• What are the potential competitive effects of increased concentration in the health care markets?
  • Does increased health insurance market concentration exacerbate or counteract those effects?

Beginning with this post, at least a few of us here at TOTM will take on some of these issues, as part of a blog series aimed at better understanding the antitrust law and economics of the pending health insurance mergers.

Today, we will focus on the ambiguous competitive implications of the ACA. Although not a comprehensive analysis, in this post we will discuss some key insights into how the ACA’s regulations and subsidies should inform our assessment of the competitiveness of the healthcare industry as a whole, and the antitrust review of health insurance mergers in particular.

The ambiguous effects of the ACA

It’s an understatement to say that the ACA is an issue of great political controversy. While many Democrats argue that it has been nothing but a boon to consumers, Republicans usually have nothing good to say about the law’s effects. But both sides miss important but ambiguous effects of the law on the healthcare industry. And because they miss (or disregard) this ambiguity for political reasons, they risk seriously misunderstanding the legal and economic implications of the ACA for healthcare industry mergers.

To begin with, there are substantial negative effects, of course. Requiring insurance companies to accept patients with pre-existing conditions reduces the ability of insurance companies to manage risk. This has led to upward pricing pressure for premiums. While the mandate to buy insurance was supposed to help bring more young, healthy people into the risk pool, so far the projected signups haven’t been realized.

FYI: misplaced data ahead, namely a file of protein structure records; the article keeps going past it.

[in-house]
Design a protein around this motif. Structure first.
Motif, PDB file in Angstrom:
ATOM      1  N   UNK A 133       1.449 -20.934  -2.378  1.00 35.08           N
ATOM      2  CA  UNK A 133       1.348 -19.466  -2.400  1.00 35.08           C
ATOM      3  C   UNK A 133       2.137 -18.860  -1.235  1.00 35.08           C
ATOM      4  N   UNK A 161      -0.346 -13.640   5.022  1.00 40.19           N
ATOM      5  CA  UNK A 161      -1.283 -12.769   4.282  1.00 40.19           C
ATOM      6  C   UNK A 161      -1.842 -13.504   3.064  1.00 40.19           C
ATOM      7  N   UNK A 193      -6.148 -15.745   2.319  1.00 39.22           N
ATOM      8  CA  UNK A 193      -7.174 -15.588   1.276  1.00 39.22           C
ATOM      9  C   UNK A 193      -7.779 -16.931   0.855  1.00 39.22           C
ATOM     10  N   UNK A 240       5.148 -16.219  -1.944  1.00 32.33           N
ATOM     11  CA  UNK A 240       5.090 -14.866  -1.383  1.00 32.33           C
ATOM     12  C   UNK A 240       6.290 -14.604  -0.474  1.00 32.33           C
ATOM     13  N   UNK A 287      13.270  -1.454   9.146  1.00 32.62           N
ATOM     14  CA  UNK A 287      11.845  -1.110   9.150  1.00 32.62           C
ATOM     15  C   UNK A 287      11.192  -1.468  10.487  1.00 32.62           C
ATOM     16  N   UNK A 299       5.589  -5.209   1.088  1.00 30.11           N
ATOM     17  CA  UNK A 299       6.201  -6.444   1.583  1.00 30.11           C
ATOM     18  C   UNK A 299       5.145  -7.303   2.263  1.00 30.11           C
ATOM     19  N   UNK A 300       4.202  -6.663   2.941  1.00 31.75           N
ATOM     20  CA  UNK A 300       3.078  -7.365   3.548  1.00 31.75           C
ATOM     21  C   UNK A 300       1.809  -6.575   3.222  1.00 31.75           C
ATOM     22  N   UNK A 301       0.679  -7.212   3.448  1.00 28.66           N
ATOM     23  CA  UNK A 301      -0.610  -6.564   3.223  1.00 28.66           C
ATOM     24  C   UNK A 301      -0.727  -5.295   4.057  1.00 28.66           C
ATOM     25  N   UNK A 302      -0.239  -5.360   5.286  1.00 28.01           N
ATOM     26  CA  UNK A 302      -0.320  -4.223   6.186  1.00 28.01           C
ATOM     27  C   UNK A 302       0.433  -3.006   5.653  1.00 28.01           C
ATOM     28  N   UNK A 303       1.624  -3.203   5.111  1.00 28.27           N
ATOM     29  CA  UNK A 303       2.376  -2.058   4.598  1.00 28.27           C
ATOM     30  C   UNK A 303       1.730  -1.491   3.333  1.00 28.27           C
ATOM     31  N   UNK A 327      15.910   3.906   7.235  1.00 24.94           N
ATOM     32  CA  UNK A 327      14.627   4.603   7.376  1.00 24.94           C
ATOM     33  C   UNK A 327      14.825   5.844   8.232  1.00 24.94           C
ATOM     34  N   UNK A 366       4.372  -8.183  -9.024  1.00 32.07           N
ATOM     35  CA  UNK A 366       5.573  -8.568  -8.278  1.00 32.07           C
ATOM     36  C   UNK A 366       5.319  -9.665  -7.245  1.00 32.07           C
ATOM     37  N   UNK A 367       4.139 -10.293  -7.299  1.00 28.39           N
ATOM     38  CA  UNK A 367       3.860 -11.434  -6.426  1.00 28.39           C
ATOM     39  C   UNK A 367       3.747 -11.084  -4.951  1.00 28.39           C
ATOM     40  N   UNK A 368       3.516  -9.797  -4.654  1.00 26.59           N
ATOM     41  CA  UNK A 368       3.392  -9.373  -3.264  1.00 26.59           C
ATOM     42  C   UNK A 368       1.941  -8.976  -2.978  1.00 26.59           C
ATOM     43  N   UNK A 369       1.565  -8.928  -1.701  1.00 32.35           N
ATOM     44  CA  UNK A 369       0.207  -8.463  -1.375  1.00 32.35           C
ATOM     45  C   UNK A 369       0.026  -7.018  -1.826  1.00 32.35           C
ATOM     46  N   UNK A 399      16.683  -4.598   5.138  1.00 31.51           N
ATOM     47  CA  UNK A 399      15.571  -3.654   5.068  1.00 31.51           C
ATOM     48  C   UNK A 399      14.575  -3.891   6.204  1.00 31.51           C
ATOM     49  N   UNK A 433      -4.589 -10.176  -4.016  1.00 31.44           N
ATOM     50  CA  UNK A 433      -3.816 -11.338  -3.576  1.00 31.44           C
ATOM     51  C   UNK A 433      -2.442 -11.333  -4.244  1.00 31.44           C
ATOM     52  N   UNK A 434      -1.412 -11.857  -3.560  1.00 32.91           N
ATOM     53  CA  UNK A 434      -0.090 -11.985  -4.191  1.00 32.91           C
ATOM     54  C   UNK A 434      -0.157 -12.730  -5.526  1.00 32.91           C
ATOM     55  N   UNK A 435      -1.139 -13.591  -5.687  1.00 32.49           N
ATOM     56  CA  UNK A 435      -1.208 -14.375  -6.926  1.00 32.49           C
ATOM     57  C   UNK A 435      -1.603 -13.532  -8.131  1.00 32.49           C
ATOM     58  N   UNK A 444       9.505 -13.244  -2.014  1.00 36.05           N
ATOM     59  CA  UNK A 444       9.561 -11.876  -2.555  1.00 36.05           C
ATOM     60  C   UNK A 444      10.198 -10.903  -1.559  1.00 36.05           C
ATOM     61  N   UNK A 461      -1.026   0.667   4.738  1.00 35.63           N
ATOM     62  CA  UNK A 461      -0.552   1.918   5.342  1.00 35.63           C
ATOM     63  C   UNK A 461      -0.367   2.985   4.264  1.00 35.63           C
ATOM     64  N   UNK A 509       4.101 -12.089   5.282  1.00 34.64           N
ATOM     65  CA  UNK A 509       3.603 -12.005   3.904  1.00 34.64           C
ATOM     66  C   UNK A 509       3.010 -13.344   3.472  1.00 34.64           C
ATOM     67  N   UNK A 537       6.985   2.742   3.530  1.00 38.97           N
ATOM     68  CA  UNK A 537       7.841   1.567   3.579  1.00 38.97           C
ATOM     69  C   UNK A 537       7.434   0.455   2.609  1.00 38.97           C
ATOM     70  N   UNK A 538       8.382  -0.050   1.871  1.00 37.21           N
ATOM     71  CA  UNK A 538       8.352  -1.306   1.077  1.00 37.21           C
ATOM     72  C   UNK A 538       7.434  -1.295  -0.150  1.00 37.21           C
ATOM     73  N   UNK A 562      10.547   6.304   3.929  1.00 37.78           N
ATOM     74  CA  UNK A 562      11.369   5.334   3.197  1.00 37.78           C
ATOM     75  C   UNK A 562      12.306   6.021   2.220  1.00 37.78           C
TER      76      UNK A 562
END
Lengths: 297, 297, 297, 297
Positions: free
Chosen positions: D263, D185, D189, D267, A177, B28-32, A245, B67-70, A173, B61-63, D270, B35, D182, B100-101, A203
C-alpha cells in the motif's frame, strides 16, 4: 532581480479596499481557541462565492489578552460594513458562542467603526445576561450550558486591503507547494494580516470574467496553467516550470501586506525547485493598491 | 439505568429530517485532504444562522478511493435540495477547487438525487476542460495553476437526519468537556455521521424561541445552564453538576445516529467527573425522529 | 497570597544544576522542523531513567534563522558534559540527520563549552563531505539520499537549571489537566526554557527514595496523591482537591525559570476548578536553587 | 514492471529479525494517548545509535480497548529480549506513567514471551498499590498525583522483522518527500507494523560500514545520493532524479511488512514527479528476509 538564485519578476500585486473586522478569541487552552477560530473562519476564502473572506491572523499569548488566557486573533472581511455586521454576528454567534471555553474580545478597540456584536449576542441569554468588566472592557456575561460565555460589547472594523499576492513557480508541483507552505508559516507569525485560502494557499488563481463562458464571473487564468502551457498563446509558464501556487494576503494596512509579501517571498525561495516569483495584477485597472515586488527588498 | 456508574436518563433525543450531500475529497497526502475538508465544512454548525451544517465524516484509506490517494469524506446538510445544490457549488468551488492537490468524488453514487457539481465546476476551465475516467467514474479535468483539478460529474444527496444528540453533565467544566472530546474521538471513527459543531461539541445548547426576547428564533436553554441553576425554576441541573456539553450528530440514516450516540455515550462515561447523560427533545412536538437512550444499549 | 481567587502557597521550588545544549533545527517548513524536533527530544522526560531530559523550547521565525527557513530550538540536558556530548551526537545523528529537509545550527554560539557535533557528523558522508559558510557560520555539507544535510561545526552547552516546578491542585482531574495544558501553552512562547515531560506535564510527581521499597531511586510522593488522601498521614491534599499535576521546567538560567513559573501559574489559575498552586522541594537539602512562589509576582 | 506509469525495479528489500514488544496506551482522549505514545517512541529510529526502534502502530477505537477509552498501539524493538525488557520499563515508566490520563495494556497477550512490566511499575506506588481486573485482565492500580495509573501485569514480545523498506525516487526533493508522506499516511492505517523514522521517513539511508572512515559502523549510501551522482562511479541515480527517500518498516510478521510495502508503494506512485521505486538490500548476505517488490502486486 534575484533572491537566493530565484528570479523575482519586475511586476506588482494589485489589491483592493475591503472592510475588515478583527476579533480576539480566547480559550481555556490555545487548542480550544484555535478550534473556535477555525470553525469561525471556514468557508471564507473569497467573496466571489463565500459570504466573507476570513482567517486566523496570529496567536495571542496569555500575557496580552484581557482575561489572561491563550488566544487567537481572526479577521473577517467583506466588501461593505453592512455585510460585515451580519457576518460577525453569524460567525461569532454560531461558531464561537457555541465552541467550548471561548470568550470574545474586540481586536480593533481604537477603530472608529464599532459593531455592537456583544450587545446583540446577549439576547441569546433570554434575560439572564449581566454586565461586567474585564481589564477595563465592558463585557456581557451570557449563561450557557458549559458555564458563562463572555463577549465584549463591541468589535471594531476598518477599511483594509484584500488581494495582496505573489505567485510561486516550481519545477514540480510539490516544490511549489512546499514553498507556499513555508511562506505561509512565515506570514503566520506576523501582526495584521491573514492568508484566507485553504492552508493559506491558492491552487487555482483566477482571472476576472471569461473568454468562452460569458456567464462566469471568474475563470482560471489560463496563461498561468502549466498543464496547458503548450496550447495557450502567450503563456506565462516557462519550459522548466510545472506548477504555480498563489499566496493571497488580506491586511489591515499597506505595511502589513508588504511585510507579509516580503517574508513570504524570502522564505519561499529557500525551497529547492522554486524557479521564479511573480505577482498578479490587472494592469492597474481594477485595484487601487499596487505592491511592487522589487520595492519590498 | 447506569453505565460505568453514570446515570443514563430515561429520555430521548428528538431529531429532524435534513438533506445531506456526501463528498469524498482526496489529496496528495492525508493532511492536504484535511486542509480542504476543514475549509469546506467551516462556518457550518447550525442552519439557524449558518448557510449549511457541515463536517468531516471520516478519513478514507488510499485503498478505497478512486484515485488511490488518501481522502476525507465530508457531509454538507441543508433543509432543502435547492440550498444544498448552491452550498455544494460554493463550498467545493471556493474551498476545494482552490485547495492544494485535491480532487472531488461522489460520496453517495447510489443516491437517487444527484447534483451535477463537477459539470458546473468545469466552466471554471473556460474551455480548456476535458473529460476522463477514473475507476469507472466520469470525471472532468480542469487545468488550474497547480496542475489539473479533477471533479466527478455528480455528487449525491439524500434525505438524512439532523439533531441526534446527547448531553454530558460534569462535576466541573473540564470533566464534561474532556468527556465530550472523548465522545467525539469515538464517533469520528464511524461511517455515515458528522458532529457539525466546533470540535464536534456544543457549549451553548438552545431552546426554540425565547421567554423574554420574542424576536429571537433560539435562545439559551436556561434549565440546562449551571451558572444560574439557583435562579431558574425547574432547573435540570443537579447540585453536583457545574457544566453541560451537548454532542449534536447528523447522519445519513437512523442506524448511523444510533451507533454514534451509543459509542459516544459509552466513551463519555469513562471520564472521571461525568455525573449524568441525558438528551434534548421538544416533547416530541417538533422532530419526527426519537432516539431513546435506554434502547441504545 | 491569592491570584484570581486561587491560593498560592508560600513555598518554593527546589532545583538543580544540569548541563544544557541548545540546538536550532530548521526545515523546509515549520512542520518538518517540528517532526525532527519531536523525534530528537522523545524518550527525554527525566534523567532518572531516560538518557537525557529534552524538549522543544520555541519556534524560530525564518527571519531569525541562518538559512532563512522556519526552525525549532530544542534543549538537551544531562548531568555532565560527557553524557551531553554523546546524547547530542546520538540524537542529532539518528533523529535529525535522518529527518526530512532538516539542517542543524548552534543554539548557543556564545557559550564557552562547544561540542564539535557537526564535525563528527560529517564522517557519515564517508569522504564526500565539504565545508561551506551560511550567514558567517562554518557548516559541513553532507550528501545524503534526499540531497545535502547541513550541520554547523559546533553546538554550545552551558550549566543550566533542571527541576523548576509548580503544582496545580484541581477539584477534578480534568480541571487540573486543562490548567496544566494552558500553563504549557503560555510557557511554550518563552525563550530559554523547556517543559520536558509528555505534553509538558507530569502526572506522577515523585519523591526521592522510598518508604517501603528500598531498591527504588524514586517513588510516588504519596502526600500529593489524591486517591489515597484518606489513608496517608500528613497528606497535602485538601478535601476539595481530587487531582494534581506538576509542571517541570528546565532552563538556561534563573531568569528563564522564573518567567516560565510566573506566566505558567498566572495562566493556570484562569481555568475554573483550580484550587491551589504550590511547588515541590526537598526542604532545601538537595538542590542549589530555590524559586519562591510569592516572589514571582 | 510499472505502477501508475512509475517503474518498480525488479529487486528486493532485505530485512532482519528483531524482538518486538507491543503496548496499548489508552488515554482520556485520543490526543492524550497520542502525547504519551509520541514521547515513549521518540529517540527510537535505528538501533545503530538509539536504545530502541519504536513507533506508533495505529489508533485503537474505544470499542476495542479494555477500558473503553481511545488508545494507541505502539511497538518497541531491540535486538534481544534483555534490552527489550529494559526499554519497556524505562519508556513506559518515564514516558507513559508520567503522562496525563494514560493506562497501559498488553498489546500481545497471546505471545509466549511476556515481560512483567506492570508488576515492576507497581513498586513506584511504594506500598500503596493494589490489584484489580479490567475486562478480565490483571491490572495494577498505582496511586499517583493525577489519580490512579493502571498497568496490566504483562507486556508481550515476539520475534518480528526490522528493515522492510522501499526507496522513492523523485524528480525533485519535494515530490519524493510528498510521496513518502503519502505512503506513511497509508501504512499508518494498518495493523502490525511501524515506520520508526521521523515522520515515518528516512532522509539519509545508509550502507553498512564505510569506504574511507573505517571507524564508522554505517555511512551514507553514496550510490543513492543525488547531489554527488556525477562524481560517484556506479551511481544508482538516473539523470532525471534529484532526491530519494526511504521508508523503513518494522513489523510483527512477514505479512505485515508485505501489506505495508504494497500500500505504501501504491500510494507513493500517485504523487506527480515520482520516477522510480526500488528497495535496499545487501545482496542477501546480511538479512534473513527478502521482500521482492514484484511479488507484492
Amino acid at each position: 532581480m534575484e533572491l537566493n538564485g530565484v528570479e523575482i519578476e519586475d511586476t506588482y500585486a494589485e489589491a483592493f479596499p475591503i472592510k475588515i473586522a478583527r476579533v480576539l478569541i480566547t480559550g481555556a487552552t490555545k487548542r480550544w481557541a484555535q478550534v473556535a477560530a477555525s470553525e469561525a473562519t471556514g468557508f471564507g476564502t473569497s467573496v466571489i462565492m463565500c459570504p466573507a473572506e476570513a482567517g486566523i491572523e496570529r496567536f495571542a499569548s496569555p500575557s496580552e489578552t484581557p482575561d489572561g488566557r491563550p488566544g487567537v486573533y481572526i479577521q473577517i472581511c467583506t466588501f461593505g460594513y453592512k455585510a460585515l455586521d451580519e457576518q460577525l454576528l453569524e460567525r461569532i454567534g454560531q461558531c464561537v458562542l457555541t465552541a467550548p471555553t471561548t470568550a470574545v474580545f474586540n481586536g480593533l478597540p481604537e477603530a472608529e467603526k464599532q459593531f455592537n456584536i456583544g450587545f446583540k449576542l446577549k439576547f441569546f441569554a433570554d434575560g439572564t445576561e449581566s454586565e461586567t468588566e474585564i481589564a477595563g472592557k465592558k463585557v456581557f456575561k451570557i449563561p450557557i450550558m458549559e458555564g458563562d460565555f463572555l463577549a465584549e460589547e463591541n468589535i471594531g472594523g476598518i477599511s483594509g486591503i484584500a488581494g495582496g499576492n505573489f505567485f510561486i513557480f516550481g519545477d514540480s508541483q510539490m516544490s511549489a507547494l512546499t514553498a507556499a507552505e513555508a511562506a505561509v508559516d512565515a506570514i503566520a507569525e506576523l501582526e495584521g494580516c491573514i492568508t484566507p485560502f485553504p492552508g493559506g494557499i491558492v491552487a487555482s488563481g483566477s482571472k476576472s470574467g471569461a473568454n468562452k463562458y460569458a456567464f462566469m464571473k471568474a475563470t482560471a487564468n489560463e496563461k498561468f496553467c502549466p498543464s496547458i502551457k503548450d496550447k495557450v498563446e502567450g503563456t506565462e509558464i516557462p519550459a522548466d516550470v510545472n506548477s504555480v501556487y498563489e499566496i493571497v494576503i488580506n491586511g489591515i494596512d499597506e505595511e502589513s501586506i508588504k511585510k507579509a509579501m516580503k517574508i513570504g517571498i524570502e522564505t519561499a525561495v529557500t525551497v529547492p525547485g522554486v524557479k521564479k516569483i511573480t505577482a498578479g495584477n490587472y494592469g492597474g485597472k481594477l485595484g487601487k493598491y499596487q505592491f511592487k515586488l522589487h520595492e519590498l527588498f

The ACA’s redefinition of what is an acceptable insurance policy has also caused many consumers to lose the policy of their choice. And the ACA’s many regulations, such as the Minimum Loss Ratio requiring insurance companies to spend 80% of premiums on healthcare, have squeezed the profit margins of many insurance companies, leading, in some cases, to exit from the marketplace altogether and, in others, to a reduction of new marketplace entry or competition in other submarkets.

On the other hand, there may be benefits from the ACA. While many insurers participated in private exchanges even before the ACA-mandated health insurance exchanges, the increased consumer education from the government’s efforts may have helped enrollment even in private exchanges, and may also have helped to keep premiums from increasing as much as they would have otherwise. At the same time, the increased subsidies for individuals have helped lower-income people afford those premiums. Some have even argued that increased participation in the on-demand economy can be linked to the ability of individuals to buy health insurance directly. On top of that, there has been some entry into certain health insurance submarkets due to lower barriers to entry (because there is less need for agents to sell in a new market with the online exchanges). And the changes in how Medicare pays, with a greater focus on outcomes rather than services provided, has led to the adoption of value-based pricing from both health care providers and health insurance companies.